New research indicates the uric acid buildup in gout may help protect the brain against neurodegenerative diseases, such as Parkinson’s and Alzheimer’s.
The uric acid that makes gout so painful may help reduce the chances of developing Alzheimer’s, Parkinson’s, and other neurodegenerative diseases.
That’s the conclusion of a study led by researchers at Massachusetts General Hospital and Boston University published today in the Annals of Rheumatic Diseases.
Scientists concluded the antioxidant properties of uric acid may help protect against the development and progression of these brain-related conditions.
“Our findings provide the first population-based evidence for the potential protective effect of gout on the risk of Alzheimer’s disease and support the purported neuroprotective role of uric acid,” the authors of the report wrote.
The researchers also hope to use their new findings to develop a drug that could halt the progression of Parkinson’s disease.
The researchers used information from The Health Improvement Network, an electronic medical record database that is representative of the general population of the United Kingdom. They looked at records from 1995 to 2013.
The researchers studied 3.7 million people in the database older than 40.
Researchers followed up with participants until they developed Alzheimer’s, died, or left the database. Individuals diagnosed with gout or any form of dementia prior to the follow-up were excluded.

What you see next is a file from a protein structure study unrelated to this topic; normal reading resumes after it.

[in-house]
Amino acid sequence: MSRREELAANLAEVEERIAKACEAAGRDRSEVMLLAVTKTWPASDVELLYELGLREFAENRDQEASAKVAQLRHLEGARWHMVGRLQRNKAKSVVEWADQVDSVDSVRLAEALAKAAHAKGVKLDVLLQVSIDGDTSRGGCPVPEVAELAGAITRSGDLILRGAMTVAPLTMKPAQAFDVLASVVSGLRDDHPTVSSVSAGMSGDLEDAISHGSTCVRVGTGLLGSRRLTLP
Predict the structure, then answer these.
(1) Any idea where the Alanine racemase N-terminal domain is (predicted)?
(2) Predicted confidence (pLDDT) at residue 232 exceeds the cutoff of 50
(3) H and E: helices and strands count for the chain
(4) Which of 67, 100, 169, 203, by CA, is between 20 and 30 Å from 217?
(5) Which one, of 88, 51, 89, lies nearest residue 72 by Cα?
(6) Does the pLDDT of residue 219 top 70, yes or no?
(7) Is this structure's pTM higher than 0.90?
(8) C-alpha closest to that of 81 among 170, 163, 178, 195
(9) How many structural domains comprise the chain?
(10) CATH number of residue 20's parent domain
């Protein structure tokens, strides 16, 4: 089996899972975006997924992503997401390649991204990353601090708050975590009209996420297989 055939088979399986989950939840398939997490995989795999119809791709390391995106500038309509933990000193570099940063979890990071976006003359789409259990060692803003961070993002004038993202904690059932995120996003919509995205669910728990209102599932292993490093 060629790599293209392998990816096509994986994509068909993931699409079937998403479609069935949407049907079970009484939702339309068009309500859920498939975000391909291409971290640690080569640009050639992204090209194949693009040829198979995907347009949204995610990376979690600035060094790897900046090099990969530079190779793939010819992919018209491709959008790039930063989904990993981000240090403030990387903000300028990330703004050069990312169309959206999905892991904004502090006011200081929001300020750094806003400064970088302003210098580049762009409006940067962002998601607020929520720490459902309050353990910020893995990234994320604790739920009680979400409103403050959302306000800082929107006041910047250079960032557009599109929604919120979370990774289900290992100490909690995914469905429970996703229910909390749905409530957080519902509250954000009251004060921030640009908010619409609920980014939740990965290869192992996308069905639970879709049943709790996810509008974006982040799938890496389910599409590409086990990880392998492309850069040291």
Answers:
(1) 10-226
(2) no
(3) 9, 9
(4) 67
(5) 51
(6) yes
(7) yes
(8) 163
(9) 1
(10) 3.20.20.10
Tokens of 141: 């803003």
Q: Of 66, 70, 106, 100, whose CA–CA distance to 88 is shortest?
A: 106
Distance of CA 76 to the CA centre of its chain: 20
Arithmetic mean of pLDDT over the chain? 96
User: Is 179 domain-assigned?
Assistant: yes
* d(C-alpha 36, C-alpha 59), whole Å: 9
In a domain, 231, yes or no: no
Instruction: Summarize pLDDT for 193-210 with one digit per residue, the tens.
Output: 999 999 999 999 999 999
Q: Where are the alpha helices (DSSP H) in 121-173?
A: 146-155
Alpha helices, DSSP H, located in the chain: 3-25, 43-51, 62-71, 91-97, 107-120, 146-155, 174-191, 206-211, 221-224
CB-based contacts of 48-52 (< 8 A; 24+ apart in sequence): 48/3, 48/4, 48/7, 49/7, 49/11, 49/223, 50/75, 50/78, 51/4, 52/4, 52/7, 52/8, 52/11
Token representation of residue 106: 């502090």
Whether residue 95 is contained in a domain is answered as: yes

Overall, the researchers identified 309 people who developed Alzheimer’s from a group of 59,244 with gout. They also found 1,942 Alzheimer’s cases in a group of 238,805 comparable people without gout.
So, the researchers found there was a 24 percent lower risk of Alzheimer’s among the group with gout, after taking into account factors such as age, gender, body weight, socioeconomic status, and differences in lifestyle.
Gout is a general term for a variety of conditions caused by the buildup of uric acid. It has been linked to heart and kidney problems.
Gout can be caused by certain blood and metabolic disorders. Drinking too much alcohol or eating too many foods rich in purine, especially red meat and seafood, can also trigger gout.
Gout usually affects the feet, especially the big toe. It can attack other parts of the body as well.
People with gout usually feel swelling and pain in the joints of their feet. A severe attack of gout can make it feel like a person’s foot is on fire.